Malala Yousafzai’s Speech at The Southbank Centre

malala-book-cover

Last night my friend and I caught the train to London to see one of the most inspirational people in the world: Malala Yousafzai. Malala was propelled in to the media spotlight in 2012 when she was shot in the face, on a school bus, in front of her friends by the Taliban. Her crime? Campaigning for girls educational rights in Pakistan. She was fifteen years old.

Since this horrific ordeal, Malala has had to move to Birmingham where she received life-saving hospital treatment, because it is simply too dangerous for her to return to her native country. Despite such life-altering circumstances, she still campaigns with immense tenacity for girls educational rights. It may sounds cliché, but what hasn’t killed her has indeed made her stronger.

Last night Malala spoke to Jude Kelly, The Southbank’s Centre’s artistic director, for forty minutes about her life before and after that awful day in 2012. They were very strict about the time schedule, as Malala and her family had to drive back to Birmingham so that she could still attend school in the morning. How many other sixteen year old girls hold cultural discussions on a Sunday night? I spent the whole forty minutes in awe of this girl, so dedicated to education and so loyal to her country and to our country too. It is difficult to articulate just how informed, charismatic and actually, how funny she is.

These are just some of the many insightful things she said:

“If you have a gun, you do not have power. All you can do is kill someone. If you have a pen, you have power. You can learn and teach others to learn to. That is the real power.”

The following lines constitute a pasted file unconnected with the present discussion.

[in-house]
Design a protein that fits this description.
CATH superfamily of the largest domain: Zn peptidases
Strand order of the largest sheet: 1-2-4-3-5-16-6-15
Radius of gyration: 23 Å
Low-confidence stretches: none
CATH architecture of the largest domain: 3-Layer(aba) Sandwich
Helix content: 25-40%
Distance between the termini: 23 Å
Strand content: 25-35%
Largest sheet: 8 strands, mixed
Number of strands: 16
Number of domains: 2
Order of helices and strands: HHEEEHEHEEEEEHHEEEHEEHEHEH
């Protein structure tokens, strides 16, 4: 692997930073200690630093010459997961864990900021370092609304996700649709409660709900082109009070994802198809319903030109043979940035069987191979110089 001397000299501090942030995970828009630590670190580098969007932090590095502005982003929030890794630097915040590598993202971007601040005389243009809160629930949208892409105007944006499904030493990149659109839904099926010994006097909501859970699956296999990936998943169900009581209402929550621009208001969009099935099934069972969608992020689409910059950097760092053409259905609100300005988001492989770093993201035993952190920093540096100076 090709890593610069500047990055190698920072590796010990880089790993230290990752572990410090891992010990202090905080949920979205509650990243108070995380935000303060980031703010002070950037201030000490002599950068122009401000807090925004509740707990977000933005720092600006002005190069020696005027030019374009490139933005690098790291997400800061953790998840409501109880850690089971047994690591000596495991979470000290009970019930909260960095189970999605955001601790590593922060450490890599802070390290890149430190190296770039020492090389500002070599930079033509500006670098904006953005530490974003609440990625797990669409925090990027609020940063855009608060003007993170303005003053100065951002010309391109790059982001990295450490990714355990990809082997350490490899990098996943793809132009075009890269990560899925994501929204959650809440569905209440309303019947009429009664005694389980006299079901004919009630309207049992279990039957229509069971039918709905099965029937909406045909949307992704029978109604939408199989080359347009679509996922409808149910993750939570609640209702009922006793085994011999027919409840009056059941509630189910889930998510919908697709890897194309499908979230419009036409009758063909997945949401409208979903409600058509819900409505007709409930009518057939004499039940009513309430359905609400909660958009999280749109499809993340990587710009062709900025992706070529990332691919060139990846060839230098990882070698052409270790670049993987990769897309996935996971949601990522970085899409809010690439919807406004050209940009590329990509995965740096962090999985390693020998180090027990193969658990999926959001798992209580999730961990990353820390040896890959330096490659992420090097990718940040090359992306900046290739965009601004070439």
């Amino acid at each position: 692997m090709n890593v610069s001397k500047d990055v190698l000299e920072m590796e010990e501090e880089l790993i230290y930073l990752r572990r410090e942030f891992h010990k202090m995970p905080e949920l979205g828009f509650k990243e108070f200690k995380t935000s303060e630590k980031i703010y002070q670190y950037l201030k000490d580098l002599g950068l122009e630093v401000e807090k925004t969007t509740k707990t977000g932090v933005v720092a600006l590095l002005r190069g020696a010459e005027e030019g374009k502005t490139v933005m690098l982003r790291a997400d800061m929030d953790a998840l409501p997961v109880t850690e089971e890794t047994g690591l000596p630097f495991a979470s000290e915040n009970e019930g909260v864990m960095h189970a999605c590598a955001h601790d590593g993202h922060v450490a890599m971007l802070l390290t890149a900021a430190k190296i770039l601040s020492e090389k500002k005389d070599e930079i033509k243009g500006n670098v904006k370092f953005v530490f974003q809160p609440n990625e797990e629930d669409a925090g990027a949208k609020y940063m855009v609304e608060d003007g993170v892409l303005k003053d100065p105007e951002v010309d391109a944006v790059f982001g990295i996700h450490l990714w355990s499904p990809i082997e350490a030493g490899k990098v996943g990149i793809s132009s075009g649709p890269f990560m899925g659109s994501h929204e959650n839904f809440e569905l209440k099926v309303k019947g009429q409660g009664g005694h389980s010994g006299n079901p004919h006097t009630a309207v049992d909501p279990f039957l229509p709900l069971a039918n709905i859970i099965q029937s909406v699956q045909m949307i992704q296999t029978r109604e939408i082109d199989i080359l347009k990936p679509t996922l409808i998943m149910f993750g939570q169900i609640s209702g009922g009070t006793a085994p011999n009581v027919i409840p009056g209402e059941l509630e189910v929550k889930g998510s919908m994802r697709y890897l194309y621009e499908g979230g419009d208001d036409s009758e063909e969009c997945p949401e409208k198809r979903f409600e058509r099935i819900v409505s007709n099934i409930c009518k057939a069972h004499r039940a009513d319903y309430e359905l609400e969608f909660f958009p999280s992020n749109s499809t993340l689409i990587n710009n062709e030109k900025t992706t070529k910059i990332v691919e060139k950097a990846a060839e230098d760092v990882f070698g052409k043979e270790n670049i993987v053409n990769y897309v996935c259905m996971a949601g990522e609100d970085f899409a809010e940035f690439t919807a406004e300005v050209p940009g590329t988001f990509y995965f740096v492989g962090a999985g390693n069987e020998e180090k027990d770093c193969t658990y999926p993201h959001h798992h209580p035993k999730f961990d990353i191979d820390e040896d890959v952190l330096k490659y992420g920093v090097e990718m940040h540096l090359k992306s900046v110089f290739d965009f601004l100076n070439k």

“Instead of sending guns to struggling countries, we should send pens. Instead of sending bombs, we should send books. And instead of sending soldiers, we should send teachers.”

“Our countries should be competing, but not for who has the most weapons, or who has an atomic bomb. Compete for who has the highest literacy rates and the most educated children.”

When an audience member asked her how she dealt with criticism (ranging from misogynist attitudes to people believing she ‘staged’ the shooting she was a victim of) she replied that she could deal with them criticising and not supporting her, as long as they still supported educational rights for girls. I find it impossible to believe that anyone has ever doubted her. Even if you are cynical of the way she is represented by our media, even if you think she is too young to be nominated for the Nobel Peace Prize, you cannot deny that she is an inspiration to women and to men around the globe, and that what she is advocating is immensely important and worthy.

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